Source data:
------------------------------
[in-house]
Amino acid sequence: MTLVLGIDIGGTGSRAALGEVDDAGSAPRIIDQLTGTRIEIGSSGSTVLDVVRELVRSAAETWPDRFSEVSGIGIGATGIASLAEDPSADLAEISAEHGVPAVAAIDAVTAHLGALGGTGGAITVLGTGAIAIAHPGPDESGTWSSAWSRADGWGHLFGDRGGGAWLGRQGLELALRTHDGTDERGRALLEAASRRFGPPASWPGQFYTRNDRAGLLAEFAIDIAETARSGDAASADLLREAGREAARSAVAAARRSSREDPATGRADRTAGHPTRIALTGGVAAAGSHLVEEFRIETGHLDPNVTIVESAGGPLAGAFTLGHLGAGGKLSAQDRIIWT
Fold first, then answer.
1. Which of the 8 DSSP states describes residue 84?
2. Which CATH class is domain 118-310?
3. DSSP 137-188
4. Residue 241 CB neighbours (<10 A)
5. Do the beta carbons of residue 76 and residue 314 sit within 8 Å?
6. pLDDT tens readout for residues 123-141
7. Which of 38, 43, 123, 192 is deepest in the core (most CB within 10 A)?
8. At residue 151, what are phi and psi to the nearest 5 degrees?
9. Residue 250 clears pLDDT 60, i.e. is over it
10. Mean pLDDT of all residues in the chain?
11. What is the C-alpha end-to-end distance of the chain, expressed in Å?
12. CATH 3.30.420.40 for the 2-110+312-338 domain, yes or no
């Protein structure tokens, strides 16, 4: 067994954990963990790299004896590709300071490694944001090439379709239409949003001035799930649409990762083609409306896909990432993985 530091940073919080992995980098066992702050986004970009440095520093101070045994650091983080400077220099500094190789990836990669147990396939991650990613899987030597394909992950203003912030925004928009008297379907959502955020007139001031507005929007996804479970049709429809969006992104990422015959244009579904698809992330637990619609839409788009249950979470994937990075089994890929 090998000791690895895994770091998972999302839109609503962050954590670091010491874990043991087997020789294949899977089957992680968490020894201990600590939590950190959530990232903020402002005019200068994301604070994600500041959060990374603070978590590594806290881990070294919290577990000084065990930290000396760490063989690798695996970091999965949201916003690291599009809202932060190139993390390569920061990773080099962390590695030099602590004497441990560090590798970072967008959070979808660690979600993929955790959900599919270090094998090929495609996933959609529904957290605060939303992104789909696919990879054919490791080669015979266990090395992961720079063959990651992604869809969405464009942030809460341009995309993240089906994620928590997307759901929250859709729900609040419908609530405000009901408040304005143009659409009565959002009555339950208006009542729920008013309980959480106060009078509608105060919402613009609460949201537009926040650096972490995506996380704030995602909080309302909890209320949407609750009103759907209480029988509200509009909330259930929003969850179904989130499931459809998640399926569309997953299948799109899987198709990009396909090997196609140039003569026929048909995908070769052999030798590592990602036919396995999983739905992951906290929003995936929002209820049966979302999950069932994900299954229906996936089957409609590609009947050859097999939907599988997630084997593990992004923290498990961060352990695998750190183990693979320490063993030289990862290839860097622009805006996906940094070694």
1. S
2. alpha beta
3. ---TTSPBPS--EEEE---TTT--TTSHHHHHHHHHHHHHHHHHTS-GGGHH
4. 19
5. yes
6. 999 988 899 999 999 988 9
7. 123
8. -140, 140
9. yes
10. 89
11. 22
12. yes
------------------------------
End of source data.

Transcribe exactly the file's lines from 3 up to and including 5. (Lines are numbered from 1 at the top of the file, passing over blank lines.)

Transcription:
Fold first, then answer.
1. Which of the 8 DSSP states describes residue 84?
2. Which CATH class is domain 118-310?